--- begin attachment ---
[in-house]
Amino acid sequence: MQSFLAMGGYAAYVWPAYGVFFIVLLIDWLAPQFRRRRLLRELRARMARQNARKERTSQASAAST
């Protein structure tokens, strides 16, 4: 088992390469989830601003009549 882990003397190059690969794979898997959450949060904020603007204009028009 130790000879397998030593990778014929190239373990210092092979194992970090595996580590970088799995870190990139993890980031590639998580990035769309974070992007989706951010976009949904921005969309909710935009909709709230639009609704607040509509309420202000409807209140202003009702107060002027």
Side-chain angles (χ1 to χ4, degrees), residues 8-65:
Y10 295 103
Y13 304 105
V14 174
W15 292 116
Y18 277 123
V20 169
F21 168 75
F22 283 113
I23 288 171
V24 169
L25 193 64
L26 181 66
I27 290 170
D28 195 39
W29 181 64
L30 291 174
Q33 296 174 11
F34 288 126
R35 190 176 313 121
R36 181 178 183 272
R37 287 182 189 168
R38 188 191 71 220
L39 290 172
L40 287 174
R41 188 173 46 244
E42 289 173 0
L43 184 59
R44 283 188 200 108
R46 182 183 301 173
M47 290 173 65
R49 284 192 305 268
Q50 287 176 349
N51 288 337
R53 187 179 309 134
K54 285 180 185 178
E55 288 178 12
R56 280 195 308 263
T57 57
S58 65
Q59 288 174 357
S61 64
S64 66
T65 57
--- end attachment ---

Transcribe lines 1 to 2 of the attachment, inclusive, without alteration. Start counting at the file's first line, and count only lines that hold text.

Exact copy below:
[in-house]
Amino acid sequence: MQSFLAMGGYAAYVWPAYGVFFIVLLIDWLAPQFRRRRLLRELRARMARQNARKERTSQASAAST